It was a sign on the street that got me thinking. It was not a regular street sign; not something permanent telling me the distance to the High Street or warning me that I was approaching a cycle lane; it was just a few disparate letters chalked on the pavement. Reading around in a circle they spelled G. A. R. P.
Garp. The word immediately got me thinking of the 1978 novel, written by John Irving: The World According to Garp. It was made into a film four years later, starring Robin Williams. I have never read the novel––never read anything by John Irving, in fact; his concerns tend not to be my concerns––but, nevertheless, it was known to me. Garp.
Part of the reason for this might have been that one of my friends had once told me that I reminded him of the main character in the book, T. S. Garp. I was intrigued. Not so intrigued that I went and actually read the book, but still intrigued.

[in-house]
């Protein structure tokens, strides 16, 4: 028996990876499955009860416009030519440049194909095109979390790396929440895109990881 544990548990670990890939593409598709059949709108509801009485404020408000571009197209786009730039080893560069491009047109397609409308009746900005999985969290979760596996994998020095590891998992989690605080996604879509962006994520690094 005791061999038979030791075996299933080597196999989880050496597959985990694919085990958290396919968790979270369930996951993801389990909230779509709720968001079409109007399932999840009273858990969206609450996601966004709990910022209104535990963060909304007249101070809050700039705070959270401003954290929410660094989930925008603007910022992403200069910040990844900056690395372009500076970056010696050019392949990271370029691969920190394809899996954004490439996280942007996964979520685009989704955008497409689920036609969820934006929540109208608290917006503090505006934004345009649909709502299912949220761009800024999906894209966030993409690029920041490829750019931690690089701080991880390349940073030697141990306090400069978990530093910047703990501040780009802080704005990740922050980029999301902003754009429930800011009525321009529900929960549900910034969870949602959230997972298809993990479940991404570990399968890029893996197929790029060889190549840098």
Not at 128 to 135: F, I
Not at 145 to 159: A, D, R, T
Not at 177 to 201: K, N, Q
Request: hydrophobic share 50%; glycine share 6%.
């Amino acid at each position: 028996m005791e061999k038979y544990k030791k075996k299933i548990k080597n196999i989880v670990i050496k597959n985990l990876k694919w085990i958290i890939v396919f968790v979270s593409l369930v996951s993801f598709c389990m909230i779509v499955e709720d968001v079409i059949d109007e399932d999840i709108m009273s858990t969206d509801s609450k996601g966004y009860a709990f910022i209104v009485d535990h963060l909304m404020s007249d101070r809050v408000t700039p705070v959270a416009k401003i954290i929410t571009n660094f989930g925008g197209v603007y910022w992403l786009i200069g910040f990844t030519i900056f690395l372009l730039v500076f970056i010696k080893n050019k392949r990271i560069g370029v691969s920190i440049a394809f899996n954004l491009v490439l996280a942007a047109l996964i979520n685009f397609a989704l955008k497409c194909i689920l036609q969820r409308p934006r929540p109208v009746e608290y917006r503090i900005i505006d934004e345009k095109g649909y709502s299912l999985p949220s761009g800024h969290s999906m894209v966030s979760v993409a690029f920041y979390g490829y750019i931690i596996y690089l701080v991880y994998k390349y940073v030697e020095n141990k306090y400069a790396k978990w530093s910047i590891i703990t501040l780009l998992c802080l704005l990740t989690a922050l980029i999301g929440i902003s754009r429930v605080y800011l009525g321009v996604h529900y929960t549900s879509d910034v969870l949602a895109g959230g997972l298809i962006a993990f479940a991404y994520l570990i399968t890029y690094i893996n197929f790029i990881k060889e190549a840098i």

The character of Garp is a sex-obsessed wrestling enthusiast. It didn’t sound much like me. He is also a struggling novelist. I hoped that that was the bit that my friend thought resembled me.
Chalk letters on the pavement: they were unlikely to have been written by a committed John Irving enthusiast; book recommendations have got more sophisticated than that in the age of the Internet.
Of course, they were simply shorthand notes for workmen preparing to dig up the road. One letter indicating the direction of gas pipes beneath the surface; another to show that ground-penetrating radar has been used; another to represent passive electromagnetics. But it got me thinking about how differently people must view their surroundings. Chalk letters for me meant a quiet sit down to read a work of fiction; chalk letters for someone else meant several hours’ heavy work with a jackhammer.
One man’s Garp is another man’s ground-penetrating radar.
© Fergus Longfellow
Fergus Longfellow likes to look at the world from a different perspective.